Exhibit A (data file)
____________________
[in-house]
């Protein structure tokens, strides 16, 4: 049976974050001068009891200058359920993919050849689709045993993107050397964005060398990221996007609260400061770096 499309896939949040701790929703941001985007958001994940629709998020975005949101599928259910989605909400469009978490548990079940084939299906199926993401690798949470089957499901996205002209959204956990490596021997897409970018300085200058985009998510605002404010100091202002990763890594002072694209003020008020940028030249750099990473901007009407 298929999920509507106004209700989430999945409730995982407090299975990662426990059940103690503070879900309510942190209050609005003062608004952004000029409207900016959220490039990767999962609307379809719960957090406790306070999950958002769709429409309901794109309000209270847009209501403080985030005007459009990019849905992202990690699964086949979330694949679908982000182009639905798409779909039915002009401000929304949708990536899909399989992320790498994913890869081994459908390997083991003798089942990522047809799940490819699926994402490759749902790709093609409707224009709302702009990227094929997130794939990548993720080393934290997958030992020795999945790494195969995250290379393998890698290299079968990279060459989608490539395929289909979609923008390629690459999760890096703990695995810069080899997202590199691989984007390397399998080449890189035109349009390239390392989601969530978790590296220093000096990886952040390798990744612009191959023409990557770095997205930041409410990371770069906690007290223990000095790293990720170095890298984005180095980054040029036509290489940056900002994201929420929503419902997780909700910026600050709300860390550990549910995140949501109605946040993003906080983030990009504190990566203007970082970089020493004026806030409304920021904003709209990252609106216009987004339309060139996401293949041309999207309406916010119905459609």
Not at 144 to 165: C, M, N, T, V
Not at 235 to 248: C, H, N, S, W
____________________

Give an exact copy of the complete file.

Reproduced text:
[in-house]
């Protein structure tokens, strides 16, 4: 049976974050001068009891200058359920993919050849689709045993993107050397964005060398990221996007609260400061770096 499309896939949040701790929703941001985007958001994940629709998020975005949101599928259910989605909400469009978490548990079940084939299906199926993401690798949470089957499901996205002209959204956990490596021997897409970018300085200058985009998510605002404010100091202002990763890594002072694209003020008020940028030249750099990473901007009407 298929999920509507106004209700989430999945409730995982407090299975990662426990059940103690503070879900309510942190209050609005003062608004952004000029409207900016959220490039990767999962609307379809719960957090406790306070999950958002769709429409309901794109309000209270847009209501403080985030005007459009990019849905992202990690699964086949979330694949679908982000182009639905798409779909039915002009401000929304949708990536899909399989992320790498994913890869081994459908390997083991003798089942990522047809799940490819699926994402490759749902790709093609409707224009709302702009990227094929997130794939990548993720080393934290997958030992020795999945790494195969995250290379393998890698290299079968990279060459989608490539395929289909979609923008390629690459999760890096703990695995810069080899997202590199691989984007390397399998080449890189035109349009390239390392989601969530978790590296220093000096990886952040390798990744612009191959023409990557770095997205930041409410990371770069906690007290223990000095790293990720170095890298984005180095980054040029036509290489940056900002994201929420929503419902997780909700910026600050709300860390550990549910995140949501109605946040993003906080983030990009504190990566203007970082970089020493004026806030409304920021904003709209990252609106216009987004339309060139996401293949041309999207309406916010119905459609």
Not at 144 to 165: C, M, N, T, V
Not at 235 to 248: C, H, N, S, W